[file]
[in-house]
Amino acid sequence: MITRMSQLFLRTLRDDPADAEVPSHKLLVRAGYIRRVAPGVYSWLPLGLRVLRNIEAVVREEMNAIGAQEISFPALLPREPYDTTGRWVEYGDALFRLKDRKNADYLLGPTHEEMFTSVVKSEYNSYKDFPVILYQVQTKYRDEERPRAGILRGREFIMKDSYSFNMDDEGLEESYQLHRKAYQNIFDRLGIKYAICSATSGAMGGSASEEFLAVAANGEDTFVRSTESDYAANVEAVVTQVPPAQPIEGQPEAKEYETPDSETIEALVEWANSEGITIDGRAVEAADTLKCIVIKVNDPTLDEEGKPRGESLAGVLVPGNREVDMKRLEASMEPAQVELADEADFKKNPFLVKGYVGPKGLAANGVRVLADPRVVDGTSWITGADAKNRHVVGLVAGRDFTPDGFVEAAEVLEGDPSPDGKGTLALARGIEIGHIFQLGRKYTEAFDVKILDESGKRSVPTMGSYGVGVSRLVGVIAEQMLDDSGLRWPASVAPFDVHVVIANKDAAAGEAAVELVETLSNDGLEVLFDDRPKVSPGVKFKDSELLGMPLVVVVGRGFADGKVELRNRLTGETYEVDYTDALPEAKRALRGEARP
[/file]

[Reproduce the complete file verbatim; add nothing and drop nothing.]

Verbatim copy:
[in-house]
Amino acid sequence: MITRMSQLFLRTLRDDPADAEVPSHKLLVRAGYIRRVAPGVYSWLPLGLRVLRNIEAVVREEMNAIGAQEISFPALLPREPYDTTGRWVEYGDALFRLKDRKNADYLLGPTHEEMFTSVVKSEYNSYKDFPVILYQVQTKYRDEERPRAGILRGREFIMKDSYSFNMDDEGLEESYQLHRKAYQNIFDRLGIKYAICSATSGAMGGSASEEFLAVAANGEDTFVRSTESDYAANVEAVVTQVPPAQPIEGQPEAKEYETPDSETIEALVEWANSEGITIDGRAVEAADTLKCIVIKVNDPTLDEEGKPRGESLAGVLVPGNREVDMKRLEASMEPAQVELADEADFKKNPFLVKGYVGPKGLAANGVRVLADPRVVDGTSWITGADAKNRHVVGLVAGRDFTPDGFVEAAEVLEGDPSPDGKGTLALARGIEIGHIFQLGRKYTEAFDVKILDESGKRSVPTMGSYGVGVSRLVGVIAEQMLDDSGLRWPASVAPFDVHVVIANKDAAAGEAAVELVETLSNDGLEVLFDDRPKVSPGVKFKDSELLGMPLVVVVGRGFADGKVELRNRLTGETYEVDYTDALPEAKRALRGEARP